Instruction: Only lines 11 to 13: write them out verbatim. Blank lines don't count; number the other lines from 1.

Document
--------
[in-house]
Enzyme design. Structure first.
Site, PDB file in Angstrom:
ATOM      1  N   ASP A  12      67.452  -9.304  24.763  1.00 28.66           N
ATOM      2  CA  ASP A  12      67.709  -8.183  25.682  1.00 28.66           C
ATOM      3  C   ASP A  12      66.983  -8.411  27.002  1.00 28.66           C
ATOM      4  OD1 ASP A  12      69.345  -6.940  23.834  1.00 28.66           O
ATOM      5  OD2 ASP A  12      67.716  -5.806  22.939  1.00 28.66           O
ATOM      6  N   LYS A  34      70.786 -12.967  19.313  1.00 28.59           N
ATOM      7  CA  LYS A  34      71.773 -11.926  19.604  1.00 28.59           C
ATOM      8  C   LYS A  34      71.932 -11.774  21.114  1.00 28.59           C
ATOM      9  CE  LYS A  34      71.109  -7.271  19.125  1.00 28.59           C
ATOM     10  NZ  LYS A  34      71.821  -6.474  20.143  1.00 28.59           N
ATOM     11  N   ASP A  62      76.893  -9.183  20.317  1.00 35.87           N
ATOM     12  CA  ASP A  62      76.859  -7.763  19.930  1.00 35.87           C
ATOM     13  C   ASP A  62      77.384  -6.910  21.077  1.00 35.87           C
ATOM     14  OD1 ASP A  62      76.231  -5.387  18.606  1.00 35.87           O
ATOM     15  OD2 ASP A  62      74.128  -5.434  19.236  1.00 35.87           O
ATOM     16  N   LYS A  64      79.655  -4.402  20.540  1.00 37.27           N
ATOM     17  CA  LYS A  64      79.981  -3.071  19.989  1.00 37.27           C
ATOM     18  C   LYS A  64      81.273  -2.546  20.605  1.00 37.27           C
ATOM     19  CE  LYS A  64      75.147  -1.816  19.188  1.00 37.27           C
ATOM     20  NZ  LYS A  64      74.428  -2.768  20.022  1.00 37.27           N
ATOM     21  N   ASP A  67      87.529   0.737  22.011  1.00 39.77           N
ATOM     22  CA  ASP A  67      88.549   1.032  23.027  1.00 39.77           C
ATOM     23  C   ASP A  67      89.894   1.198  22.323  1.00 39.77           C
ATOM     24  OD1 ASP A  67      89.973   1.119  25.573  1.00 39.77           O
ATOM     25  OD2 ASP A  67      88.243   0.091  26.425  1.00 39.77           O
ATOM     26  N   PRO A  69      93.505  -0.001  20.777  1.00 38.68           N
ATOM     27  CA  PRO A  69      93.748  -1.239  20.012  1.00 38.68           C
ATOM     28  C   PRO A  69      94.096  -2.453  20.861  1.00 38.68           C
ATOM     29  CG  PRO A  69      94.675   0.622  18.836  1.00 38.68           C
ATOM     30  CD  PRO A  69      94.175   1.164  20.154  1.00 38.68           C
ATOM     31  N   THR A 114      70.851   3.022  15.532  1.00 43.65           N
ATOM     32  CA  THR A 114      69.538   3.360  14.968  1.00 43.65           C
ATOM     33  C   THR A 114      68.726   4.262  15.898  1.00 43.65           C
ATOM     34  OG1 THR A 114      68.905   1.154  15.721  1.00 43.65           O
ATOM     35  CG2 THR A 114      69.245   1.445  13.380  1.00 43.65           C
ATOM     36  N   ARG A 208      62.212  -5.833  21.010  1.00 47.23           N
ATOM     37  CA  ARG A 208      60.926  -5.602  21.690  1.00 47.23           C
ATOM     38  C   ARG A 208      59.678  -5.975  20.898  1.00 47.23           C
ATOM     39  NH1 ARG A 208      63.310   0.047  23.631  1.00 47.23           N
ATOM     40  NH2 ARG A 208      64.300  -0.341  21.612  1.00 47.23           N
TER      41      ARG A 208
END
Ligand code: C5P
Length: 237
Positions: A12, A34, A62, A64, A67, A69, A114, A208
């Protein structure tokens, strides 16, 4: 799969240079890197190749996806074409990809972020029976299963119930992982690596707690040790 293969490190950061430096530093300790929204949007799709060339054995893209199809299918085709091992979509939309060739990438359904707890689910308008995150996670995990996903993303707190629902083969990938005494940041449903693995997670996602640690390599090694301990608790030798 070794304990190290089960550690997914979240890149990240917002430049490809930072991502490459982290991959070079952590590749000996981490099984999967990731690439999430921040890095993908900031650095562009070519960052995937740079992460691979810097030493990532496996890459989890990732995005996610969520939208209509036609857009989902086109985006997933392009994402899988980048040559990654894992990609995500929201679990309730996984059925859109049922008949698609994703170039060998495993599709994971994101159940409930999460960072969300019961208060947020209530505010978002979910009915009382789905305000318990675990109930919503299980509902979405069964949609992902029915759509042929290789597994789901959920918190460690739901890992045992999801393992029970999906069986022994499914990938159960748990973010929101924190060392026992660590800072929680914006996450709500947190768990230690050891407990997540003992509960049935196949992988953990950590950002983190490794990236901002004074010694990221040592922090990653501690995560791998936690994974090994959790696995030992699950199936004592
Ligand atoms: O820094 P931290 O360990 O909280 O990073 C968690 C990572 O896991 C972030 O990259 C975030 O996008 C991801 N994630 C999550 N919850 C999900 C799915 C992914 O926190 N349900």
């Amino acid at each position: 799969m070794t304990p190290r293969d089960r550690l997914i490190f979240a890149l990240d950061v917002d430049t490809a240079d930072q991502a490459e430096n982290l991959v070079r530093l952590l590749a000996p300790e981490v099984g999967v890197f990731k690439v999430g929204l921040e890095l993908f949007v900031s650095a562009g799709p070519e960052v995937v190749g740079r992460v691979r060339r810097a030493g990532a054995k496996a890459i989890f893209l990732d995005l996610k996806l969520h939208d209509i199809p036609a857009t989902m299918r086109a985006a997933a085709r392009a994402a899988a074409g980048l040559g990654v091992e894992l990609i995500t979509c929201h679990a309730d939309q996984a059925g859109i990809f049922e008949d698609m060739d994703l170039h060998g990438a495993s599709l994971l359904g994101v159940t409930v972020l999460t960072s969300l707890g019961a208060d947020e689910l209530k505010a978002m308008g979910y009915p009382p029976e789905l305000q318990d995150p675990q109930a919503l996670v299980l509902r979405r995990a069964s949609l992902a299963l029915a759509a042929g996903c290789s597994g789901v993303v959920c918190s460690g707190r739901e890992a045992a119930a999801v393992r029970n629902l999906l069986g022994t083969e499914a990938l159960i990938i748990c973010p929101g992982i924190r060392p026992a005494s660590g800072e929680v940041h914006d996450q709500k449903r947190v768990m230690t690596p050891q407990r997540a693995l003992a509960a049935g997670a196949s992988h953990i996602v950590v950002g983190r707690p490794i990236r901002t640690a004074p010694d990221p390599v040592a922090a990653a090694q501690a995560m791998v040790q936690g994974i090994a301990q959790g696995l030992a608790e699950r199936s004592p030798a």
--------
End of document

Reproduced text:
ATOM      8  C   LYS A  34      71.932 -11.774  21.114  1.00 28.59           C
ATOM      9  CE  LYS A  34      71.109  -7.271  19.125  1.00 28.59           C
ATOM     10  NZ  LYS A  34      71.821  -6.474  20.143  1.00 28.59           N